Fire risk warning as region set for driest April on record

Norfolk firefighters have been called to tackle a number of wildfires following dry weather in April.

Norfolk firefighters have been called to tackle a number of wildfires following dry weather in April. - Credit: Norfolk Fire Service

Norfolk is set for one of its driest Aprils on record prompting warnings over tinderbox conditions that could spark wildfires. 

An abnormally dry March followed by a bone-dry April means there is a higher than normal risk of fires breaking out in open areas.

Strong winds could exacerbate the spread of any fires that do break out.

The last few weeks have seen fire crews called to deal with several woodland and grass fires including in Caister, Thetford and King's Lynn, together with blazes sparked by people carelessly disposing of barbecues in dunes near Great Yarmouth and in woods near Diss.

Outdoor socialising with people using fire pits and patio heaters has also prompted warnings. 

A blaze started by a fire pit that got out of control spread to adjoining gardens and caused damage to four houses in Norwich.


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Greg Preston, head of community safety for Norfolk Fire and Rescue, said: "It's very dry, and it is going to pick up. I don't think there's a great deal of rain forecast for some time. It's not particularly hot but it's so dry out there.

Greg Preston head of prevention and protection at Norfolk Fire and Rescue Service. Picture: Norfolk

Greg Preston head of prevention and protection at Norfolk Fire and Rescue Service. Picture: Norfolk Fire and Rescue Service - Credit: Archant

"The different way in which we're socialising at the moment is going to be more of a risk. People are outside more and because it's dry but not very warm people are using these things.”

Most of west, mid and south Norfolk, as well as areas of Waveney, are currently under a Met Office Fire Severity Index (FSI) of level three, high fire severity.

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The FSI is an assessment of how severe a fire could become if one were to start.

A bone-dry April means there is a higher than normal risk of fires breaking out in open areas.

A bone-dry April means there is a higher than normal risk of fires breaking out in open areas. - Credit: Norfolk Fire Service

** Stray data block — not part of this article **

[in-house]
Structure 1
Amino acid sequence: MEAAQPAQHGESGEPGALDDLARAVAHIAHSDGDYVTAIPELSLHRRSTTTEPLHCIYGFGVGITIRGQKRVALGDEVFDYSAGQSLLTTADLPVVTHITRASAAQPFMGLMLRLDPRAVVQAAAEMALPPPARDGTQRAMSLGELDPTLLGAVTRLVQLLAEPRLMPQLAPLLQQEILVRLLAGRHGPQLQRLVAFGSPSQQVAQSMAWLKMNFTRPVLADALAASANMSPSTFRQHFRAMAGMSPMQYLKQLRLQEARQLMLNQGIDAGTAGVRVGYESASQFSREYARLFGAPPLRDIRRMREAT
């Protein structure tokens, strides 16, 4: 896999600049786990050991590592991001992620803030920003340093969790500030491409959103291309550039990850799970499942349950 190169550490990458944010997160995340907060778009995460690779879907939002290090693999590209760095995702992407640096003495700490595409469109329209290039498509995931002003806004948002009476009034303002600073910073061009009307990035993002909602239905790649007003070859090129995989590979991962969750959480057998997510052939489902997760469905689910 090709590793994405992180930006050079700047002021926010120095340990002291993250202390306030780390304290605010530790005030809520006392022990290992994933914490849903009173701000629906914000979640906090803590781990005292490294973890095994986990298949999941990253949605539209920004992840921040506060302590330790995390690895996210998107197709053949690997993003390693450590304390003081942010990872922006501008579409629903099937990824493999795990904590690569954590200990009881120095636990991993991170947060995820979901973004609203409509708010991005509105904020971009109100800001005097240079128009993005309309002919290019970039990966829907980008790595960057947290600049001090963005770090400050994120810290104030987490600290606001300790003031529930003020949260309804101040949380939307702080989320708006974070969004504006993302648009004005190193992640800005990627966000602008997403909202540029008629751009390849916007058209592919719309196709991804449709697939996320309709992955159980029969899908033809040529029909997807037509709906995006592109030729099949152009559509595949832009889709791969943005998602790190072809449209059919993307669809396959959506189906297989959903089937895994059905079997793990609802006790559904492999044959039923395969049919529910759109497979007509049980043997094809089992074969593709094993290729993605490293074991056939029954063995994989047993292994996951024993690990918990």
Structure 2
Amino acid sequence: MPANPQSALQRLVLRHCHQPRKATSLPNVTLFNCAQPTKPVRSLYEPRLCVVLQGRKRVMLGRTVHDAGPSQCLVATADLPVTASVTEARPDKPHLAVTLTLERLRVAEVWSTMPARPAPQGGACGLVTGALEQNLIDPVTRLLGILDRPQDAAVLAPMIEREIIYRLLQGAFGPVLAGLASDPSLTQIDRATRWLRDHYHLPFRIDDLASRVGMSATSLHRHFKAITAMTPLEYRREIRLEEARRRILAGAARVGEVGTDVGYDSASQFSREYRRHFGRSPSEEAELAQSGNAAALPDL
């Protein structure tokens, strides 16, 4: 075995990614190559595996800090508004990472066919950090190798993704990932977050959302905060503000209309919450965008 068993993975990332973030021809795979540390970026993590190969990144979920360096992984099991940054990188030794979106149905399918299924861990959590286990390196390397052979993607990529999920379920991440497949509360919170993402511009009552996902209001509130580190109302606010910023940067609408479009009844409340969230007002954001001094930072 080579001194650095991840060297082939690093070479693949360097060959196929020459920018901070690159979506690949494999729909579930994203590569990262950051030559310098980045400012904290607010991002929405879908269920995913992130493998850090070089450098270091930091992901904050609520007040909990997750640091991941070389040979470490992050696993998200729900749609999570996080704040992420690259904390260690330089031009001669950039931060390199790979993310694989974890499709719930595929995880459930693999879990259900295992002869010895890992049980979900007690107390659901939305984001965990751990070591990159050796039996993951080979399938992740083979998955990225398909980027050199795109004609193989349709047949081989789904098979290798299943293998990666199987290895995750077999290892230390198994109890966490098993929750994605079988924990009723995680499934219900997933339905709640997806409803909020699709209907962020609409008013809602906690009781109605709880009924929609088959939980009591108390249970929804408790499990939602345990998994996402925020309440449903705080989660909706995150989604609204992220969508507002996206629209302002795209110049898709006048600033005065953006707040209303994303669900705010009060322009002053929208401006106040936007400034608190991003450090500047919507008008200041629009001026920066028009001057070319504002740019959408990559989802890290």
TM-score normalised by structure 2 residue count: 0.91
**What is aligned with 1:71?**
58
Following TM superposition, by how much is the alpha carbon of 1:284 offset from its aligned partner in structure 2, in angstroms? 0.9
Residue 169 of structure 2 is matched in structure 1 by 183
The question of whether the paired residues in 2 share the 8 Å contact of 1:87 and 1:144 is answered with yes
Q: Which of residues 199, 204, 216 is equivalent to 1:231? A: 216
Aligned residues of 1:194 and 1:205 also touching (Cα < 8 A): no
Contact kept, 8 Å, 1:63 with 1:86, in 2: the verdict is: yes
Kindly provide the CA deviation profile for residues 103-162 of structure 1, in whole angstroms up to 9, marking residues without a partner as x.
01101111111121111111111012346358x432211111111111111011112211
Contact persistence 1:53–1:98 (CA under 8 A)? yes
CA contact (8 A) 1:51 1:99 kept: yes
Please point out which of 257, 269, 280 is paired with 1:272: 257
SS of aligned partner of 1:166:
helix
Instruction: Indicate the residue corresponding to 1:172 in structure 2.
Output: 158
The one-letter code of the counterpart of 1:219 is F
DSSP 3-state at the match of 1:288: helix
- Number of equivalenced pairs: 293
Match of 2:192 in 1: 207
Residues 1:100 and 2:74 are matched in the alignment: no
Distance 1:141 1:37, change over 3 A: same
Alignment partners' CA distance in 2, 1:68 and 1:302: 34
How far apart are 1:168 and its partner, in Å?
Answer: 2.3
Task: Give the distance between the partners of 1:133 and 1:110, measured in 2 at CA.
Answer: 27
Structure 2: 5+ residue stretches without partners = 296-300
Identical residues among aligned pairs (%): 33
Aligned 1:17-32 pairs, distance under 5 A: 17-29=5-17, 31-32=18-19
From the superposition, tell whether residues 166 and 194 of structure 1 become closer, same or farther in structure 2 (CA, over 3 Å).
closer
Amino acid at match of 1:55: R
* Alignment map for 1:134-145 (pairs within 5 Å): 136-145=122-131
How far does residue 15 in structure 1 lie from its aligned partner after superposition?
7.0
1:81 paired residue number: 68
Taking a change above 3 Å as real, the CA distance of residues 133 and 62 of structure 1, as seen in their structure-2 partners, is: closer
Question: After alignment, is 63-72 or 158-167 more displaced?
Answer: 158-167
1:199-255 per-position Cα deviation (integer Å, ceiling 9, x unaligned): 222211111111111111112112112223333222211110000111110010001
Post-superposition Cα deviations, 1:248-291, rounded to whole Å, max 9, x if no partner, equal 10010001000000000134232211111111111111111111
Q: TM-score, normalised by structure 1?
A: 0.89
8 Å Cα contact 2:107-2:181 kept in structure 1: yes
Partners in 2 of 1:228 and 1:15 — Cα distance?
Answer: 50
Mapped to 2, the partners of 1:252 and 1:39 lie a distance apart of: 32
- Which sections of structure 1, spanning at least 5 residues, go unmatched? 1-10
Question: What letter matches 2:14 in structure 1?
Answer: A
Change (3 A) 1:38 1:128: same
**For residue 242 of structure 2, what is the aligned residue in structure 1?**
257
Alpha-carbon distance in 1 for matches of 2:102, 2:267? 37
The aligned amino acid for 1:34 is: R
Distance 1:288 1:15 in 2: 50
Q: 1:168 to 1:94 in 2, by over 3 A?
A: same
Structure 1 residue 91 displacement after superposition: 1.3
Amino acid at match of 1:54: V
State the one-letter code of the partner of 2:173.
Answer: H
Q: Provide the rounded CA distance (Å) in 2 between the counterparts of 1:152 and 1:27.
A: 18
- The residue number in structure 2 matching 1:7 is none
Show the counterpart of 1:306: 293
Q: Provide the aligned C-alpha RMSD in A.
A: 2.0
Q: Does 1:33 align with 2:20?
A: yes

It has been one of the driest Aprils on record with the UK seeing less than a fifth of the average rainfall for the month so far.

There has been an average of 12.8mm of rain up to April 22, much lower than the April average of 72.53mm, according to Met Office figures.

A typical April in the UK would have had 70pc of its rainfall by now, but it instead has just had 18pc.

Much of the UK has seen one of the driest Aprils on record.

Much of the UK has seen one of the driest Aprils on record. - Credit: Met Office

Adam Drury, of Norwich-based forecasters Weatherquest, said: “March was about 80pc of normal rainfall in Norfolk, so below average but not anything like as extreme as April will probably turn out to be.”

The region could see some rain this week though April is still on course to be the driest on record.

“West Norfolk could see a little bit of rain on Tuesday afternoon and evening, but this is likely to be small amounts and not everywhere,” said Mr Drury. "Otherwise it will be Thursday afternoon and Friday when there could be some light showers for Norfolk and more widely across East Anglia.    

“Daytime temperatures will still be below average for this time of year. It might warm up to closer to the average for this time of year by the middle of next week.”

The driest April on record across the UK was in 1938 when 14.1mm of rain was recorded, followed by April 1974 when 14.6mm of rain fell.
 

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